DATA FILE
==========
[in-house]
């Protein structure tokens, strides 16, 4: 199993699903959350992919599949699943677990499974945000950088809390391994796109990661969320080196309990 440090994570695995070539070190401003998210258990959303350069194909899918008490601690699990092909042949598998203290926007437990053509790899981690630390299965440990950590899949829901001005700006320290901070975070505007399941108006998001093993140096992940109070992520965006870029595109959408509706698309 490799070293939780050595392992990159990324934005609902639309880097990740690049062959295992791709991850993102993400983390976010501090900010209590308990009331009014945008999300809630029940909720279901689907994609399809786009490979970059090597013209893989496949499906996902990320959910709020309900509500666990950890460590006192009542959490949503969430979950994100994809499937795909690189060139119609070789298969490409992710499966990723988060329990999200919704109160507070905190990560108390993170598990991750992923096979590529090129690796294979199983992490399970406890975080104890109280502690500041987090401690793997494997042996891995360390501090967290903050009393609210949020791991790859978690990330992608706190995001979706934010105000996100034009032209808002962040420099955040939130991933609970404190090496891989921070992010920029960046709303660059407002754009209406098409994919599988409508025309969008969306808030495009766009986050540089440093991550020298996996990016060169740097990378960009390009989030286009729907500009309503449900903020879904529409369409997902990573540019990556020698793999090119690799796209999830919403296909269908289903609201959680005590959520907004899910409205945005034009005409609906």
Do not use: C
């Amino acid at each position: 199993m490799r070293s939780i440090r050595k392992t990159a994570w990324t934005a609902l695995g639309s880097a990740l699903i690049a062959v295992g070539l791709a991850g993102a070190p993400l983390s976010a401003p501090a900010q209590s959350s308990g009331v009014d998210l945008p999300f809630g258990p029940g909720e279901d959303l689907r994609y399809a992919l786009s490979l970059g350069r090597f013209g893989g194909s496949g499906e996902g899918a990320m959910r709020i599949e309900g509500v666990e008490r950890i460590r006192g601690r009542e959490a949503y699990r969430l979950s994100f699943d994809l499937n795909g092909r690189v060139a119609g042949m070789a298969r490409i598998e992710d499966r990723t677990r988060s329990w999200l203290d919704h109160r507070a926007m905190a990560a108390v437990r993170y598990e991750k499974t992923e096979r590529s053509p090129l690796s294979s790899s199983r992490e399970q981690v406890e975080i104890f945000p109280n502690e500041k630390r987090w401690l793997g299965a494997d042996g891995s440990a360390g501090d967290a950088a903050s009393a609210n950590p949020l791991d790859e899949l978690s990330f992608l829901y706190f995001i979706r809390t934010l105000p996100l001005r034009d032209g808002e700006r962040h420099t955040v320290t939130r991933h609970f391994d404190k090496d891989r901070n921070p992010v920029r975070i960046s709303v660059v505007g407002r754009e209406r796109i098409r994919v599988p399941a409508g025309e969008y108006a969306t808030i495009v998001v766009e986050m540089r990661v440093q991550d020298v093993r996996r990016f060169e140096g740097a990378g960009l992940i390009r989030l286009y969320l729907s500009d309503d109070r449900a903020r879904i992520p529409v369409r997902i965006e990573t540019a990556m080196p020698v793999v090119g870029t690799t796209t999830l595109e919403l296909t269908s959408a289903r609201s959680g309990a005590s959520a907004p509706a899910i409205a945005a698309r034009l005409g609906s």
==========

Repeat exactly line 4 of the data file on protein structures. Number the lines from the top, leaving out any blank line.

């Amino acid at each position: 199993m490799r070293s939780i440090r050595k392992t990159a994570w990324t934005a609902l695995g639309s880097a990740l699903i690049a062959v295992g070539l791709a991850g993102a070190p993400l983390s976010a401003p501090a900010q209590s959350s308990g009331v009014d998210l945008p999300f809630g258990p029940g909720e279901d959303l689907r994609y399809a992919l786009s490979l970059g350069r090597f013209g893989g194909s496949g499906e996902g899918a990320m959910r709020i599949e309900g509500v666990e008490r950890i460590r006192g601690r009542e959490a949503y699990r969430l979950s994100f699943d994809l499937n795909g092909r690189v060139a119609g042949m070789a298969r490409i598998e992710d499966r990723t677990r988060s329990w999200l203290d919704h109160r507070a926007m905190a990560a108390v437990r993170y598990e991750k499974t992923e096979r590529s053509p090129l690796s294979s790899s199983r992490e399970q981690v406890e975080i104890f945000p109280n502690e500041k630390r987090w401690l793997g299965a494997d042996g891995s440990a360390g501090d967290a950088a903050s009393a609210n950590p949020l791991d790859e899949l978690s990330f992608l829901y706190f995001i979706r809390t934010l105000p996100l001005r034009d032209g808002e700006r962040h420099t955040v320290t939130r991933h609970f391994d404190k090496d891989r901070n921070p992010v920029r975070i960046s709303v660059v505007g407002r754009e209406r796109i098409r994919v599988p399941a409508g025309e969008y108006a969306t808030i495009v998001v766009e986050m540089r990661v440093q991550d020298v093993r996996r990016f060169e140096g740097a990378g960009l992940i390009r989030l286009y969320l729907s500009d309503d109070r449900a903020r879904i992520p529409v369409r997902i965006e990573t540019a990556m080196p020698v793999v090119g870029t690799t796209t999830l595109e919403l296909t269908s959408a289903r609201s959680g309990a005590s959520a907004p509706a899910i409205a945005a698309r034009l005409g609906s």